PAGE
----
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Chemists devise new way to prepare molecules for drug testing

Date:
August 15, 2013
Source:
City College of New York
Summary:
James Bond had his reasons for ordering his martinis "shaken, not stirred." Similarly, drug manufacturers need to make sure the molecules in a new drug are arranged in an exact manner, lest there be dire consequences.
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James Bond had his reasons for ordering his martinis "shaken, not stirred." Similarly, drug manufacturers need to make sure the molecules in a new drug are arranged in an exact manner, lest there be dire consequences. Specifically, they need to be wary of enantiomers, mirror-image molecules composed of the same atoms, but arranged differently.

"One mirror image could be therapeutic while another could be poisonous," said Dr. Mark R. Biscoe, assistant professor of chemistry at The City College of New York. The classic case is thalidomide, a drug marketed in the 1950s and 1960s to treat morning sickness, which resulted in serious birth defects.

Professor Biscoe led a team of researchers at CCNY that developed a new method for preparing libraries of single-enantiomer molecules for therapeutic and toxicity studies that is faster and potentially less costly than methods now used in the pharmaceutical industry. Their findings were reported in Nature Chemistry.

Currently, drug developers typically rely on a chiral resolution process whereby compounds with roughly equal parts of the two enantiomers are separated into the individual enantiomers. Bioenzymatic processes can also be employed to generate single-enantiomer molecules. These strategies are wasteful and costly, Professor Biscoe explained.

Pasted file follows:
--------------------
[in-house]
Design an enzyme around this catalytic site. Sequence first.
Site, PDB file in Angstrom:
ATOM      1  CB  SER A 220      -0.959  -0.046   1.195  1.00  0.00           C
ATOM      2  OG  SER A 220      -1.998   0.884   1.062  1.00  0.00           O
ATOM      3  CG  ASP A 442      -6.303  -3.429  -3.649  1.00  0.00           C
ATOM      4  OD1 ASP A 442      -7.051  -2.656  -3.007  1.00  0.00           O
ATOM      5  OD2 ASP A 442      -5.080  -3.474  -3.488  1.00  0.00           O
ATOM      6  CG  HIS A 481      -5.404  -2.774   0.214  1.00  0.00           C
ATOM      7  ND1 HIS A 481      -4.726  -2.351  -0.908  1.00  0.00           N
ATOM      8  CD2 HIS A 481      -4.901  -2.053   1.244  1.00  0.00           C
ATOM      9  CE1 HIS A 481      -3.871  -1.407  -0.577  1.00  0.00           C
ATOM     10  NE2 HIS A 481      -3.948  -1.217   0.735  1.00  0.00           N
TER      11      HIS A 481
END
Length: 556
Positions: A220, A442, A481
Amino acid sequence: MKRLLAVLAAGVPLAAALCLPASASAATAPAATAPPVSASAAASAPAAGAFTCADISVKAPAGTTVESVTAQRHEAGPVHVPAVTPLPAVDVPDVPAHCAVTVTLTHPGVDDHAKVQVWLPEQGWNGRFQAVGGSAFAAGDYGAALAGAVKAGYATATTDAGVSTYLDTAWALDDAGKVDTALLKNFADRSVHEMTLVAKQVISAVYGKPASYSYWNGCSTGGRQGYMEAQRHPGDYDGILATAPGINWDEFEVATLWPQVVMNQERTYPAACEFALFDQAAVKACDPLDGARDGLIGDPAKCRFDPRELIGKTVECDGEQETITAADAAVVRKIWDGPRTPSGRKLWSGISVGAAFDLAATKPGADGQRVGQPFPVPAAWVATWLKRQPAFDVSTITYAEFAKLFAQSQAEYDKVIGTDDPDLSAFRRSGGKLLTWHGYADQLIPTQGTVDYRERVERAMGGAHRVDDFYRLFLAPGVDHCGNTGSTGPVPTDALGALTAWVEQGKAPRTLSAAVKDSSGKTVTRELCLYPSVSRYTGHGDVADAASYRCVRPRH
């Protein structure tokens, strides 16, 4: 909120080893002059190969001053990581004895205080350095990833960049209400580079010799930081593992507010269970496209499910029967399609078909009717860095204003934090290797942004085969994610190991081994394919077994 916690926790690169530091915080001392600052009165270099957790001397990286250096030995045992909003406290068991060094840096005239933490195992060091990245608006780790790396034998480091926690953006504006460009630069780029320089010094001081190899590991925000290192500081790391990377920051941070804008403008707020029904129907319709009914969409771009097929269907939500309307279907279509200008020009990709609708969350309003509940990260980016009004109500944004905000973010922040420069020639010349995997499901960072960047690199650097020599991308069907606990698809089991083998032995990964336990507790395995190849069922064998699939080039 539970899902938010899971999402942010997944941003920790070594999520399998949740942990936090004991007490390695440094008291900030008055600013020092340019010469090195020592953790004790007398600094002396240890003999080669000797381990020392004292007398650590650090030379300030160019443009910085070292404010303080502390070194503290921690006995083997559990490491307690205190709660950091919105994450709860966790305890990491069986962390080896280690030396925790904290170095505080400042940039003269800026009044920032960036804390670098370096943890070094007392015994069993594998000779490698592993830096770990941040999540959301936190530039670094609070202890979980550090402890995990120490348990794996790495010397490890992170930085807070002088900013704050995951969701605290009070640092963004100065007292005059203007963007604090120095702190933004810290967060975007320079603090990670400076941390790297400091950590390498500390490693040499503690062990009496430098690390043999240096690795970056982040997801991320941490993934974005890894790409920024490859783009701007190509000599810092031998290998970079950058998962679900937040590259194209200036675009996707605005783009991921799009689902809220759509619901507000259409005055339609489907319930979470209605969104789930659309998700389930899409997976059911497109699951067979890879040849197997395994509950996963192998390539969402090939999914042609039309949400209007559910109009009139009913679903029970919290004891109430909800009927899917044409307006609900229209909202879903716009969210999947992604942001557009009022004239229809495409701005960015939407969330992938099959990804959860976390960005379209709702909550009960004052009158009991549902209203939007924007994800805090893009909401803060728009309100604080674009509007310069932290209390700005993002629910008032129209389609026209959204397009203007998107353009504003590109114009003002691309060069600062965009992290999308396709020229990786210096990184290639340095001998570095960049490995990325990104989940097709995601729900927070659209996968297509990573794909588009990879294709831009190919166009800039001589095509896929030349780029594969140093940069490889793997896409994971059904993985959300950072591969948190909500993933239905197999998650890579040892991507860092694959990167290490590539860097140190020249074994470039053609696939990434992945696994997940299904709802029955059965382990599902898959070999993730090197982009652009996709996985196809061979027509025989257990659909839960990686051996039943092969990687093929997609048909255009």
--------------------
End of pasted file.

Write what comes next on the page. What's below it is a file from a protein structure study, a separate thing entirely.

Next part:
He and colleagues found that a metal such as palladium could be employed to achieve a cross-coupling reaction with a single-enantiomer molecule without impacting the integrity of the mirror image formed in the product. By doing so, they could isolate one mirror image for evaluation as a drug candidate.

"By using a single-enantiomer partner in a cross-coupling reaction, we can rapidly generate a diverse library of biologically active molecules for use in drug screening," he said.


Story Source:

The above post is reprinted from materials provided by City College of New York. Note: Materials may be edited for content and length.


Journal Reference:

  1. Ling Li, Chao-Yuan Wang, Rongcai Huang, Mark R. Biscoe. Stereoretentive Pd-catalysed Stille cross-coupling reactions of secondary alkyl azastannatranes and aryl halides. Nature Chemistry, 2013; 5 (7): 607 DOI: 10.1038/nchem.1652

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City College of New York. "Chemists devise new way to prepare molecules for drug testing." ScienceDaily. ScienceDaily, 15 August 2013. <www.sciencedaily.com/releases/2013/08/130815161543.htm>.
City College of New York. (2013, August 15). Chemists devise new way to prepare molecules for drug testing. ScienceDaily. Retrieved July 31, 2015 from www.sciencedaily.com/releases/2013/08/130815161543.htm
City College of New York. "Chemists devise new way to prepare molecules for drug testing." ScienceDaily. www.sciencedaily.com/releases/2013/08/130815161543.htm (accessed July 31, 2015).

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